Today’s Annual Commemorative Parade and Service of Remembrance owes its origins to that memorable date, 12th June 1922, when, at a highly emotive and solemn ceremony at Windsor Castle, His Majesty King George V received the Colours of five southern Irish Infantry Regiments and a Regimental engraving on behalf of the South Irish Horse since they possessed no colours or standards.
King George then made the following promise:
”I pledge my word that within these ancient and historic walls your Colours will be treasured, honoured and protected as hallowed memorials of the glorious deeds of brave and loyal Regiments.”
The loss of these regiments had a significant impact upon the British Army when one considers that the Army commanded by the Duke of Wellington in the early 19th Century comprised one third Irishmen, including, of course, “The Iron Duke” himself.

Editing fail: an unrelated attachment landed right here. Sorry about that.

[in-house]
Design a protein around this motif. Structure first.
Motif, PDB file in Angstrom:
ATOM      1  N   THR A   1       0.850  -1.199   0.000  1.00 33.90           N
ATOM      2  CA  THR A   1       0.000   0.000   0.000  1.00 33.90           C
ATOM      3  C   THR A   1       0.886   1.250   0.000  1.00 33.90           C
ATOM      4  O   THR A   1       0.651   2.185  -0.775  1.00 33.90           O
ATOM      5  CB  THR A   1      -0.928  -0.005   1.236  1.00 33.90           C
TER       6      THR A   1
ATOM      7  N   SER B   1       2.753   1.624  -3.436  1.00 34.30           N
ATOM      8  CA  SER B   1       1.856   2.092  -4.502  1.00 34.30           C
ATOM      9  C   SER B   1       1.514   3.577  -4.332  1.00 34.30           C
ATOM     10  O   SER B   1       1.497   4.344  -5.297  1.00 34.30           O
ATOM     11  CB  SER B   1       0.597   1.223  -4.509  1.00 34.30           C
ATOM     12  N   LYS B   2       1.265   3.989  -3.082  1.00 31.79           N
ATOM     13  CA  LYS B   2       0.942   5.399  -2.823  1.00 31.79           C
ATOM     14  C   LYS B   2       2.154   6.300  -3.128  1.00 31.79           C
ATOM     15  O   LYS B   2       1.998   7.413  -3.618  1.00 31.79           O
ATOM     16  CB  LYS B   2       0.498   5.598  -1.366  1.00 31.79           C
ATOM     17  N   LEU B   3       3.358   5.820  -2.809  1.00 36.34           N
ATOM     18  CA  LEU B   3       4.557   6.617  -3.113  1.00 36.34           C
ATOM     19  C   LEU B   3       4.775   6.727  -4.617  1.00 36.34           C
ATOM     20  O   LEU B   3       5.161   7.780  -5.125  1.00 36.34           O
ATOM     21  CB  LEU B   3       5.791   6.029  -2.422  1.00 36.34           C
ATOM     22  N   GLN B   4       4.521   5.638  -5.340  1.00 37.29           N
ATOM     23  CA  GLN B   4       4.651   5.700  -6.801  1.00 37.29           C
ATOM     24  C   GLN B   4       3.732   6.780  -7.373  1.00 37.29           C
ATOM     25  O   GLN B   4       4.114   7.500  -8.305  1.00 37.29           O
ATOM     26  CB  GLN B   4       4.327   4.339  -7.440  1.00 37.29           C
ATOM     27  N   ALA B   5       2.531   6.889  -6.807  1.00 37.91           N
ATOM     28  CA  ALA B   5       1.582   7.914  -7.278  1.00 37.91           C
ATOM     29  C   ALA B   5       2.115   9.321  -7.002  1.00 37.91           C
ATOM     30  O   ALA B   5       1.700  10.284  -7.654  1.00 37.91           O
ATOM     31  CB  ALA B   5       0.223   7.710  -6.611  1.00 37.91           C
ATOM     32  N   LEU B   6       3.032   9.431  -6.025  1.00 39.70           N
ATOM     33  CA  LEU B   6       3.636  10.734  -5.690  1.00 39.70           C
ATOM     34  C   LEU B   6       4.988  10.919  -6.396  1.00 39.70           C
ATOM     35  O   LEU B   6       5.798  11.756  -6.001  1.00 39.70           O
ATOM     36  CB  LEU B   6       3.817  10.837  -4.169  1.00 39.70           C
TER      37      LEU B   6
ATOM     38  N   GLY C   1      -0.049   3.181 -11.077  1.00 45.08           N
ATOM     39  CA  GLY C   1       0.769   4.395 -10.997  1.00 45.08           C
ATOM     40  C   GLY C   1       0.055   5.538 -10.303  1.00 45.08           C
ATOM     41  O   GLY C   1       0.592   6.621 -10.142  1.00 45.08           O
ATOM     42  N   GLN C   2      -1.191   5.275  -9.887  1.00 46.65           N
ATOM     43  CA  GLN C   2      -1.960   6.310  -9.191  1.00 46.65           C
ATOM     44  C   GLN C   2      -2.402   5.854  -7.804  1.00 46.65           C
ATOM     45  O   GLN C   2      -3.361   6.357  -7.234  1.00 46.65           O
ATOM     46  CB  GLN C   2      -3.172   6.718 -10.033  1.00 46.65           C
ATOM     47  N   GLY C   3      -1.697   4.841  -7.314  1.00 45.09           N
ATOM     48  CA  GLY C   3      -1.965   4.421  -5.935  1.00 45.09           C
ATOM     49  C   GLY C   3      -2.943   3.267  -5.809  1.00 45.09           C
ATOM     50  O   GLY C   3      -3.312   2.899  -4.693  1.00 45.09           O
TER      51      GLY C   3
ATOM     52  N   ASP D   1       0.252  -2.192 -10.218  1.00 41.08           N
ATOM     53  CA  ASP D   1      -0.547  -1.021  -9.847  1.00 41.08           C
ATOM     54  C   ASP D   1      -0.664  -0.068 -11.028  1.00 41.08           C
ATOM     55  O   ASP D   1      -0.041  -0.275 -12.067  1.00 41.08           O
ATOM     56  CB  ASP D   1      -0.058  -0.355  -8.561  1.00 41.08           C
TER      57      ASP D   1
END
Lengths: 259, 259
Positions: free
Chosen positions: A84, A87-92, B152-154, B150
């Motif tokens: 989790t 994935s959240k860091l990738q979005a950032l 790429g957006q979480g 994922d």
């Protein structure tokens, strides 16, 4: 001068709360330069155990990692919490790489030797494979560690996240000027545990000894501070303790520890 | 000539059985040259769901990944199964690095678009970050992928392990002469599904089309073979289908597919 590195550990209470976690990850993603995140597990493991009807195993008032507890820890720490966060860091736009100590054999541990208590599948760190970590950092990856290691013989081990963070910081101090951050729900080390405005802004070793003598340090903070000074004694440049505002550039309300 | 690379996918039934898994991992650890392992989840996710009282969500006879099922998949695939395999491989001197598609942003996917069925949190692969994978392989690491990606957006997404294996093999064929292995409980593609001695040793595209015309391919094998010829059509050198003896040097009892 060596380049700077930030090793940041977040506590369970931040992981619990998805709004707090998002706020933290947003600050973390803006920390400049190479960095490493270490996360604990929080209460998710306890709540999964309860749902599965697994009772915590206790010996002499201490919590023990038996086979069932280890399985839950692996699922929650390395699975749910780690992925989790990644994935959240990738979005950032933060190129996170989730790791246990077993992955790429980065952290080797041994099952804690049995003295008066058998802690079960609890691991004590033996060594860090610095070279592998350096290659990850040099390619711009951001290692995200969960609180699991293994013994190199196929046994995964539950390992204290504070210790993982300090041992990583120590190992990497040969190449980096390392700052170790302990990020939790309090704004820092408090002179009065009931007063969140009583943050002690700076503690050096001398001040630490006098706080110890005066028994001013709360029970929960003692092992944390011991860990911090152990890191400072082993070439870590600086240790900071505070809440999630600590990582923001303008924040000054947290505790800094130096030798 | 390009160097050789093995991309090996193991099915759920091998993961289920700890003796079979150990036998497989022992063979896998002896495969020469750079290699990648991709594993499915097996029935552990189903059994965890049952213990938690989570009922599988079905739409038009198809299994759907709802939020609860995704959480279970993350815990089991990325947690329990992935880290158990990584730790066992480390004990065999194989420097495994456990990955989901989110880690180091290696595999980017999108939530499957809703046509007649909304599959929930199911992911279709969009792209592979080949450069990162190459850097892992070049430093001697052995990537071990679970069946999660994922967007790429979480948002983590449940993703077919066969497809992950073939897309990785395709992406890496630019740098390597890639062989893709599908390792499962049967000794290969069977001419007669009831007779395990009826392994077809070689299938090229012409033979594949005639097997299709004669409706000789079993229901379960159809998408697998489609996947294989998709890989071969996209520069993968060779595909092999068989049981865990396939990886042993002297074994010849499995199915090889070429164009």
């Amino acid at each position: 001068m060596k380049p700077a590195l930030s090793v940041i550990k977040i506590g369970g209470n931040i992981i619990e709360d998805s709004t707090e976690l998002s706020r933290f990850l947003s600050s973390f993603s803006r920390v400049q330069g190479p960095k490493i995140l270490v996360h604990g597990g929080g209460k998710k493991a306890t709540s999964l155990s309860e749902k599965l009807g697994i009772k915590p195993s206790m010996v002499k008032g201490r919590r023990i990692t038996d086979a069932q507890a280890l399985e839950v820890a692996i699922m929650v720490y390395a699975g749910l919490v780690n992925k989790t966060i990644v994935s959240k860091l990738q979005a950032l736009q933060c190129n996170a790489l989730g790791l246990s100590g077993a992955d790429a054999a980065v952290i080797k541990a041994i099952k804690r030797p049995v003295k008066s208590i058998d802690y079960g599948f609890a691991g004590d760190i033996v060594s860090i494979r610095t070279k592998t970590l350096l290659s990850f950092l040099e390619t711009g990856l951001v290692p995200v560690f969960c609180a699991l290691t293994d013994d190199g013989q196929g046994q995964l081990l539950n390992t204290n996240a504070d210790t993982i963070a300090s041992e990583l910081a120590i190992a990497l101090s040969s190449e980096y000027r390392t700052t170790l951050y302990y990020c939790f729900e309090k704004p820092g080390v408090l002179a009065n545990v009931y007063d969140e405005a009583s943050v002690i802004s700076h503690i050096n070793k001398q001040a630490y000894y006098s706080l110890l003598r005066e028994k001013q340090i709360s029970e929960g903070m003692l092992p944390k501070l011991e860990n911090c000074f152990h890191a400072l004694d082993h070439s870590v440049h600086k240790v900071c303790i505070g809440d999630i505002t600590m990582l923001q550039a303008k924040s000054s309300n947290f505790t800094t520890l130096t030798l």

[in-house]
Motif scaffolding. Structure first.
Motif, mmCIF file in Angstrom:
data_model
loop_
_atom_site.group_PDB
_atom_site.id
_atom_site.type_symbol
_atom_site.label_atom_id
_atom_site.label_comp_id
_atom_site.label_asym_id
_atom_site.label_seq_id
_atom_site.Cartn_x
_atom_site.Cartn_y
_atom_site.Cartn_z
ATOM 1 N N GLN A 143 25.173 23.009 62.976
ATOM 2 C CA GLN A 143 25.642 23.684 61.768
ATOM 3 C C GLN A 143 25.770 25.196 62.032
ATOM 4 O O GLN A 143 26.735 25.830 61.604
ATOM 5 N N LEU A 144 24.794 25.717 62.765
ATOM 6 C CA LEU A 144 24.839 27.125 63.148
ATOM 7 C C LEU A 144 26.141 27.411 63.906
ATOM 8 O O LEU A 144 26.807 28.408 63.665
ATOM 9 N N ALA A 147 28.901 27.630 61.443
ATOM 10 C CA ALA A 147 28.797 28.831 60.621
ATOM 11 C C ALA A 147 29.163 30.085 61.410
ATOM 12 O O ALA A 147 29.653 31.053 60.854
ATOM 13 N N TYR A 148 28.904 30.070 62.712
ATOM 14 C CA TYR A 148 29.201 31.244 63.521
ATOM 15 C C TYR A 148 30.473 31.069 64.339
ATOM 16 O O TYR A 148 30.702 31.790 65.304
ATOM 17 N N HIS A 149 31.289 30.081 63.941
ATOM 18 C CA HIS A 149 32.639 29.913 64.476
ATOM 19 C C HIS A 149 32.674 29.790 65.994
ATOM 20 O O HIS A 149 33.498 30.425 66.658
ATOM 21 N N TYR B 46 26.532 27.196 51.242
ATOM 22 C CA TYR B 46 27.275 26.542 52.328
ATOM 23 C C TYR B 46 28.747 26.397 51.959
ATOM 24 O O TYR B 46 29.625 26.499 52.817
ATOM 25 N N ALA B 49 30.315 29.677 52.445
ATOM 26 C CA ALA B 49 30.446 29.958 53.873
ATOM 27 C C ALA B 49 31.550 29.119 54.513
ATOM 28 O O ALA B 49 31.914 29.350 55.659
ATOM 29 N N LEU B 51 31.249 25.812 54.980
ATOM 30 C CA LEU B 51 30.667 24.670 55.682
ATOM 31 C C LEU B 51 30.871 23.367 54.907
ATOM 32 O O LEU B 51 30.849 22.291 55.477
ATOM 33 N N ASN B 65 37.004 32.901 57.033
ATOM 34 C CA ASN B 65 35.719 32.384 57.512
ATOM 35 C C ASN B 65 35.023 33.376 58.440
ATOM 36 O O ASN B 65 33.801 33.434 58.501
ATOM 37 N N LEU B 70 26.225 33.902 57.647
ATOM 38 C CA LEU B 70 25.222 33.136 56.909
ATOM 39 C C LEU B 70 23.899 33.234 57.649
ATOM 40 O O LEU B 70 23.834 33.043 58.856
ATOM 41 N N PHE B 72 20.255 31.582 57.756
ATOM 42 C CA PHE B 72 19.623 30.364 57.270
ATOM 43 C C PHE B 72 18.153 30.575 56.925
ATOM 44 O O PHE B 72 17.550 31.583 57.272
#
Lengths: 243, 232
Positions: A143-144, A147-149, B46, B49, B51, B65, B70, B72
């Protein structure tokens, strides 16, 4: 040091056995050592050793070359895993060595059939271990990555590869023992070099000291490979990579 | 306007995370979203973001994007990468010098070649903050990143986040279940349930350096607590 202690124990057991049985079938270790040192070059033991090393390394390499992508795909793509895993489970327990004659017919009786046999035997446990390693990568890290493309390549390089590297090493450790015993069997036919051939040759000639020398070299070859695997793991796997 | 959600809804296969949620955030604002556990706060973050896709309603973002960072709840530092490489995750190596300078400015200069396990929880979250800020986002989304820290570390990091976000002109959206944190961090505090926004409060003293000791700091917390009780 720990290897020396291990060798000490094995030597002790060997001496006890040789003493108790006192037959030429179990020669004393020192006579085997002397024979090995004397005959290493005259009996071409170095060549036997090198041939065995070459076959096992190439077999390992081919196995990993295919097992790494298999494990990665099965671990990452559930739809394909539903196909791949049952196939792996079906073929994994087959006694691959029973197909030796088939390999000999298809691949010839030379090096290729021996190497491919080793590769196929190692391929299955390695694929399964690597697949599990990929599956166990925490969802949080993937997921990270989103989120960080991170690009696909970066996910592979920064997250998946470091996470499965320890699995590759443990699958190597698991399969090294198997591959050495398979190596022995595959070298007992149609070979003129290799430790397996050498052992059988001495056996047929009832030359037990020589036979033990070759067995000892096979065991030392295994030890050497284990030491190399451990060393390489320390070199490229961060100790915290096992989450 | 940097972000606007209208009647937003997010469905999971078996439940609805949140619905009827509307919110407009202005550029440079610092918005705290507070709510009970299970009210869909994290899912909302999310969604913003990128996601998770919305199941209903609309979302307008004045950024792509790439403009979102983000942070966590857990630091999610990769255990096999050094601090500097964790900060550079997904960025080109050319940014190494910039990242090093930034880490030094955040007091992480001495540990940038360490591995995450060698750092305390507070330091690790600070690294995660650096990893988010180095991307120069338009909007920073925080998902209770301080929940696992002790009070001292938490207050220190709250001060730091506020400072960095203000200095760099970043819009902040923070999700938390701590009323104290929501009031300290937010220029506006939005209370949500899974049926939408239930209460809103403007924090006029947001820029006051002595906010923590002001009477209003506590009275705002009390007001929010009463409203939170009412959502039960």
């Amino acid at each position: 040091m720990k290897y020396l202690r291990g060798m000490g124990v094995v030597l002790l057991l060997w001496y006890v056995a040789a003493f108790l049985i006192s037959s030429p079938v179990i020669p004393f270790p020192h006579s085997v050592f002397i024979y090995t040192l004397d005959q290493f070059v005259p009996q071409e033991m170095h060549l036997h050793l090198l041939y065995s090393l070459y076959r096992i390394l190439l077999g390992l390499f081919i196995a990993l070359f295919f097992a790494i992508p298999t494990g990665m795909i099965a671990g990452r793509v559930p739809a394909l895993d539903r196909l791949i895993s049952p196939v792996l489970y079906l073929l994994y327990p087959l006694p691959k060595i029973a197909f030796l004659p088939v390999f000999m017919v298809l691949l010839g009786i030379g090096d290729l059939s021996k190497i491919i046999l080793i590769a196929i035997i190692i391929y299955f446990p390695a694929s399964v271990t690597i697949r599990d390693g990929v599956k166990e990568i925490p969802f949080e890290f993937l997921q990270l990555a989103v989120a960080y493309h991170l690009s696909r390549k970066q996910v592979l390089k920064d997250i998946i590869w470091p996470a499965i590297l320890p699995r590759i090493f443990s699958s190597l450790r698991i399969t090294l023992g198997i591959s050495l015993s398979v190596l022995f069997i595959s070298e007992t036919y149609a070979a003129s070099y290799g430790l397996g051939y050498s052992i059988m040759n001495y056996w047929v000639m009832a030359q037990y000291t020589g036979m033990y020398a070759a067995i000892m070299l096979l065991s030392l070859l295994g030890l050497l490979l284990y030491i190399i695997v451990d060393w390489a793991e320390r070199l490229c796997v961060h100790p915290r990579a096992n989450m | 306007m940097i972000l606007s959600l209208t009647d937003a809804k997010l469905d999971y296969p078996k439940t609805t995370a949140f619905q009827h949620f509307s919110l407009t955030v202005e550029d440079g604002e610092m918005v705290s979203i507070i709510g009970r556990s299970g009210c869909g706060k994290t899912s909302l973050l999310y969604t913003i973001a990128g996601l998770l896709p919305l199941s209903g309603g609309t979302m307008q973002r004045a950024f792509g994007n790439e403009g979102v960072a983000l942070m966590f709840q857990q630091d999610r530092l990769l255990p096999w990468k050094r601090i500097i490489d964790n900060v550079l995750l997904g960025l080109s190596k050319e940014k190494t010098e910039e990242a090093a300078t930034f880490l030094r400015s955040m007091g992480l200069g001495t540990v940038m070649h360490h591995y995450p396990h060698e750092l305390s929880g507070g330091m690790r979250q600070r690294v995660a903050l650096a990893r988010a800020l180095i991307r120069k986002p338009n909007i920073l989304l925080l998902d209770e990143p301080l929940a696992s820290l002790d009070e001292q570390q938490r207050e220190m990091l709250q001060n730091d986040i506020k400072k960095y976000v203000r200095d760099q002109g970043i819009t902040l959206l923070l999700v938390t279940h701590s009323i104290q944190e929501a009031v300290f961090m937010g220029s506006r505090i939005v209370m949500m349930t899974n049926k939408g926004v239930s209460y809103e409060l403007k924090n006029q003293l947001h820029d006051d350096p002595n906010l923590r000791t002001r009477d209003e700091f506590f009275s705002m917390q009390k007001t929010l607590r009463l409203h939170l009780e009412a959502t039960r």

During the First World War, statistics indicate that up to half a million Irishmen served voluntarily in the British Army and, at the time, this represented about one eighth of the total population of Ireland.
The Second World War saw an estimated two hundred thousand Irishmen, from all parts of the island, again volunteering to fight tyranny and, indeed, most of the Army’s Field Marshals hailed from Ireland including Alanbrooke, Alexander, Auchinleck, Dill, Gort, Montgomery and Montgomery-Massingberd.